The future of the oilheat industry is biodiesel

By Erin Voegele | February 08, 2011

Bioheat is becoming big business in the Northeast, and the market seems primed for even faster growth. Attendees at a panel titled The Business of Bioheat at the National Biodiesel Conference & Expo in Phoenix had the opportunity to learn about both the technical and market development aspects of the product.

While state mandates are obviously creating a market for low blends of biodiesel-blended heating oil, such as B2, oilheat dealers themselves seem to be driving a significant expansion of the market. The oilheat industry has been in need of a new opportunity to help rebrand the fuel its sells, said NBB Petroleum Liaison Paul Nazzaro. “What’s in it for them is a new lease on life—to save their businesses, frankly,” he said.

In fact, Earth Energy Alliance CEO Michael Devine noted that more than 900,000 homes in the Northeast switched from oilheat to a different fuel source between 2000 and 2007. Many of these customers switched to natural gas, a fuel that has been branded as cleaner and more environmentally friendly. Over a 20-year period, Devine estimates that those lost homes will cost the oilheat industry nearly $53 billion in lost sales.

When blended with more than 11 percent biodiesel, ultra low sulfur heating oil actually burns cleaner than natural gas with the added bonus of containing a percentage of renewable content. The opportunity to rebrand oilheat by blending it with biodiesel offers oilheat dealers a significant opportunity to help mitigate the loss of their customers to natural gas.

The oilheat dealers that are positioned to benefit most from the marketing of bioheat are the ones that Michael Cooper, Ultra Green Energy Services LLC’s vice president and director of sales and trading, refers to as “maverick marketers.” Although the entire oilheat industry is rebranding itself as the Bioheat industry, many marketers will supply minimal Bioheat blends to meet mandate obligations. However, maverick fuel dealers who really push to supply higher blends of biodiesel-blended heating oil will give themselves and environmental edge to better compete with natural gas.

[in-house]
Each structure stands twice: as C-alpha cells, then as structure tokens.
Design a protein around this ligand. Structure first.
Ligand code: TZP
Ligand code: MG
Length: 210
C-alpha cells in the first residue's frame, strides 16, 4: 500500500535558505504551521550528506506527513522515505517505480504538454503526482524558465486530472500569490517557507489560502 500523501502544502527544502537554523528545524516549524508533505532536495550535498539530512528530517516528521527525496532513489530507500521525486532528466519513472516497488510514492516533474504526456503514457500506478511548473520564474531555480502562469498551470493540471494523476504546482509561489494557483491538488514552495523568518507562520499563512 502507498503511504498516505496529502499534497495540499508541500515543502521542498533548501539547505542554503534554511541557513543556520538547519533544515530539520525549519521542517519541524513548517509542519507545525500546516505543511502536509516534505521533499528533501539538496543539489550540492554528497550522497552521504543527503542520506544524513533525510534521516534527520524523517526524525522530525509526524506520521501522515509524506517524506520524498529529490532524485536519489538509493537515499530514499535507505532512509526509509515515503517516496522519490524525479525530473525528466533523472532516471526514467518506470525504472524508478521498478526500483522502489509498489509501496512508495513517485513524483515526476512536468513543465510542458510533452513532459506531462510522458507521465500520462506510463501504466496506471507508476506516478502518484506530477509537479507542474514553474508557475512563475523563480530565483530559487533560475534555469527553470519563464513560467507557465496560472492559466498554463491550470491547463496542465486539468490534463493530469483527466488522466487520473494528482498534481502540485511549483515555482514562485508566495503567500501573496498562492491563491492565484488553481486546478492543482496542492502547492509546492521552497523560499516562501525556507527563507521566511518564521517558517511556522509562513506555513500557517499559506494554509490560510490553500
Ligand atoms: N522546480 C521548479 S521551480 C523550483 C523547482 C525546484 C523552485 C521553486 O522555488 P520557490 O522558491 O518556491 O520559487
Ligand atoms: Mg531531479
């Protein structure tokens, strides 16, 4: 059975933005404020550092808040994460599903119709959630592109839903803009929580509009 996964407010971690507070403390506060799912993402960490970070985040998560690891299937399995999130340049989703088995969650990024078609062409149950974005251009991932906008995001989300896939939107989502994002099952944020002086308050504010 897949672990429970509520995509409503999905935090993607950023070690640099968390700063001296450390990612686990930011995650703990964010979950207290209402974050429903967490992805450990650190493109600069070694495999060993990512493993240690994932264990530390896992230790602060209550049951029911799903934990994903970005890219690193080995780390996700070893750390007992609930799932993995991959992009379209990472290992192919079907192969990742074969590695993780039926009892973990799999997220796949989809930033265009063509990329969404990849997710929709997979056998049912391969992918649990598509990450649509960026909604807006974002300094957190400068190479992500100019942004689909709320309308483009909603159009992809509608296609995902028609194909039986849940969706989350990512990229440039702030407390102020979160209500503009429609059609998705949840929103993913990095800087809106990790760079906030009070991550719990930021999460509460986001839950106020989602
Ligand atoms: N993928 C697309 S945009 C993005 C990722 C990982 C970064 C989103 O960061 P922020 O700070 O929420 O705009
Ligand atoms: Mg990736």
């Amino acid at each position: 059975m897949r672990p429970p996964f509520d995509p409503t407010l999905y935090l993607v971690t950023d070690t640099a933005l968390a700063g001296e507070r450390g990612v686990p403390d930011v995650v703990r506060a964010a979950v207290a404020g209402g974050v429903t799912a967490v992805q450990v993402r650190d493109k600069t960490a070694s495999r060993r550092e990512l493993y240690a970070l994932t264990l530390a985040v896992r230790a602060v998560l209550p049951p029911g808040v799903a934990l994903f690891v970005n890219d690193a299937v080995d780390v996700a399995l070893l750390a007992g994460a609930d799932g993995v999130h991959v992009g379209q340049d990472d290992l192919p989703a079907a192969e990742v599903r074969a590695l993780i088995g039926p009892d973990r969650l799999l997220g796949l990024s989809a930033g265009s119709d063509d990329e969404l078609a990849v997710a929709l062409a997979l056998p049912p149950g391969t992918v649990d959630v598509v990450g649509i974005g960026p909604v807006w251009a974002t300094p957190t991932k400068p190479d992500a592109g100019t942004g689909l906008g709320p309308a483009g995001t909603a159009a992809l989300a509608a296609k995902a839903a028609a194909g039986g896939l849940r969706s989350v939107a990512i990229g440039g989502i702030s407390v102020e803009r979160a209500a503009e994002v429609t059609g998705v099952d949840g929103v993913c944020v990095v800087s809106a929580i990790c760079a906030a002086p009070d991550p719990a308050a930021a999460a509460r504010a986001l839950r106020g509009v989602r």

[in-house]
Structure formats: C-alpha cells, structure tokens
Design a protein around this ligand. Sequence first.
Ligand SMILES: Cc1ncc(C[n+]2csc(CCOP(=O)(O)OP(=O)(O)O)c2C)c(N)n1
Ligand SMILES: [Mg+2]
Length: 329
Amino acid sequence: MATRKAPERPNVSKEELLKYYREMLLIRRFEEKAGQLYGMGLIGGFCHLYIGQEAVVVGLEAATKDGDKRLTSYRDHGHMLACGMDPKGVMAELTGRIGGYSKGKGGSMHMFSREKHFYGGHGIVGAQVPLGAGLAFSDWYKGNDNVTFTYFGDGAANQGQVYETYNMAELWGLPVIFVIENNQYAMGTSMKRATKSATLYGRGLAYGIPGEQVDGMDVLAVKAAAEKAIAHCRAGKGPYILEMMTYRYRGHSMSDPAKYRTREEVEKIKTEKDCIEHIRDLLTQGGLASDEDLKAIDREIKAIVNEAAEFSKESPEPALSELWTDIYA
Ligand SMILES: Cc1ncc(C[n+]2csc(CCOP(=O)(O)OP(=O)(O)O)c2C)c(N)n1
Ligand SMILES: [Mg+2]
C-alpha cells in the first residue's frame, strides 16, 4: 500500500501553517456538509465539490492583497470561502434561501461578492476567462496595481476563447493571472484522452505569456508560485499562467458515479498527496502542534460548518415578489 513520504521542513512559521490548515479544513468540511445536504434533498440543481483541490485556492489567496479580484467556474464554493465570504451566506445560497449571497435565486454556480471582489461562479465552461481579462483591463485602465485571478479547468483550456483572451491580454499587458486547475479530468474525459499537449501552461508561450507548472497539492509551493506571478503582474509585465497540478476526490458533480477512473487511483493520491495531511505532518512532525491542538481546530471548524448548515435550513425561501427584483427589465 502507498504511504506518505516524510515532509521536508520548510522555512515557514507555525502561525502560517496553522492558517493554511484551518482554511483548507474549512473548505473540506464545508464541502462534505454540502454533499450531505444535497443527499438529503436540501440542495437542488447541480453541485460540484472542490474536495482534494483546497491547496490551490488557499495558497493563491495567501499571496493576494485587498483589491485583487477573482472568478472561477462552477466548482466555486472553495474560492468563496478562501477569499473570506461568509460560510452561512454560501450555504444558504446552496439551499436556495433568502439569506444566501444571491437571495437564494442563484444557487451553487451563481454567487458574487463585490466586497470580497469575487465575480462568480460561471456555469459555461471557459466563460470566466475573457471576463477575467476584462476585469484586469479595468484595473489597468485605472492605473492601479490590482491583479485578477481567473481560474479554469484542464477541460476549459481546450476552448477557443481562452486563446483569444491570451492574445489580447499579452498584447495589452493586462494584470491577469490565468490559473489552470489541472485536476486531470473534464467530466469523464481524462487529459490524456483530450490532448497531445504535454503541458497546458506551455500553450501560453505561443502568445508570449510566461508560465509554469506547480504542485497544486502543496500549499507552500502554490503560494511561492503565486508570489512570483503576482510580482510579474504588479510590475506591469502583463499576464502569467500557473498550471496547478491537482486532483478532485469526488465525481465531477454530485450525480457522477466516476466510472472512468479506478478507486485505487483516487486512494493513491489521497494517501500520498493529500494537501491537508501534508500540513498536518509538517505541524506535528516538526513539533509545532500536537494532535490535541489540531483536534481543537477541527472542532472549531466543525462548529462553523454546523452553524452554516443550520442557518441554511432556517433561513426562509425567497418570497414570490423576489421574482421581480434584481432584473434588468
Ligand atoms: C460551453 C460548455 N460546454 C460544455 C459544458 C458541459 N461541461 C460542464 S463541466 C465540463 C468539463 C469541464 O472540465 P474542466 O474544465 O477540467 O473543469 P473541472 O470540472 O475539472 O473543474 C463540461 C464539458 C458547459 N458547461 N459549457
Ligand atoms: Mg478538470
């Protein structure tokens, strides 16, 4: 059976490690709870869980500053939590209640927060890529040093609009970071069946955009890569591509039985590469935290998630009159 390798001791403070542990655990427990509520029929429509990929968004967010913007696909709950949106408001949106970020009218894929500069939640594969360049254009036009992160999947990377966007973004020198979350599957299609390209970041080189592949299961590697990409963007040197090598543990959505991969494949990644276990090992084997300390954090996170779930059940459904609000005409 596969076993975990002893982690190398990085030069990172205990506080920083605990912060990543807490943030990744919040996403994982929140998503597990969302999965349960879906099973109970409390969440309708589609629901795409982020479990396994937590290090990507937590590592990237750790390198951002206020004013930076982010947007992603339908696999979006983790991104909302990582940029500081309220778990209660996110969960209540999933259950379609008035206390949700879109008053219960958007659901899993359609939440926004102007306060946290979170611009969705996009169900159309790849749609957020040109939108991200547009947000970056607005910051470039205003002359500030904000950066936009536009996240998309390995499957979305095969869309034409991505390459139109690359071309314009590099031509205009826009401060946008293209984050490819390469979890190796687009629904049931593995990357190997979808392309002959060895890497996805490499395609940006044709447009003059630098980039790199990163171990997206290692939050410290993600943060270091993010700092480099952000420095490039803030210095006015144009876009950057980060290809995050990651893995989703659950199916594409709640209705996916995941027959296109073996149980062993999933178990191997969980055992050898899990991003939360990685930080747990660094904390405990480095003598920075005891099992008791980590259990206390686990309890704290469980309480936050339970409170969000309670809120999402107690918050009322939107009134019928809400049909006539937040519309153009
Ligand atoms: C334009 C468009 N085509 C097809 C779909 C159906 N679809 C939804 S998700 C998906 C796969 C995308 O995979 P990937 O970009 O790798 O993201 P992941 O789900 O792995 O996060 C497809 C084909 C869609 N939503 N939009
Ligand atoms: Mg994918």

During his presentation, Nazzaro described some of the actions the NBB plans to take this year to help support oilheat dealers that supply Bioheat to their customers. “What we are planning on doing moving into 2011 is to have a very dynamic and aggressive marketing campaign,” he said, noting that the initiative will be designed to help home heating oil dealers educate their customers on the benefits of Bioheat.

According to data compiled by the NBB, approximately 225 oilheat dealers are currently actively marketing Bioheat. “Our goal...with all these [marketing] resources we are going to bring online is to invest in those companies that have skin in the game,” Nazzaro said, rather than allocating funds and resources to dealers who do not.

Jason Lawrence, operations manager for Amerigreen Energy Inc., shared his company’s experience in marketing Bioheat. “Bioheat marketing begins at home,” he said. “Consumer education and awareness are our top priorities. Before we actually started marketing and selling Bioheat, we actually [began using] it ourselves first. I think that’s probably one of the biggest things a heating oil dealer can do is be your own testimonial. Experience the benefits first hand, and [leverage] that confidence to be able to go out into the marketplace and sell it.”

Devine also outlined some of the ongoing actions the NBB is pursuing in conjunction with the National Oilheat Research Alliance  to help develop new ASTM standards for Bioheat blends that contain more than 5 percent biodiesel. “The Bioheat Technical Steering Committee is currently working with Penn State University on three types of certifications for higher biodiesel blends,” he said. The first is a legacy blend, which would be the highest percentage of biodiesel that could be included in heating oil without making any modifications to existing legacy heating systems. The second is testing to support certification of a B20 blend of Bioheat. Finally, the groups are also working on a B100 oilheat specification.

“About 20 years ago, 12 soybean farmers got together around a table and gave great thought to what they could do with their soybean oil,” Devine said. “Twenty years later, they’ve brought an advanced biofuel to the market. What they’ve done as a byproduct of their investments and their commitments is they’ve given the American public the opportunity to use domestically produced energy to heat their homes. It’s amazing what a small group of people can do if they have the will and they have an innovative idea. As history has told us, a small group of people can change the world.”

 

 
 
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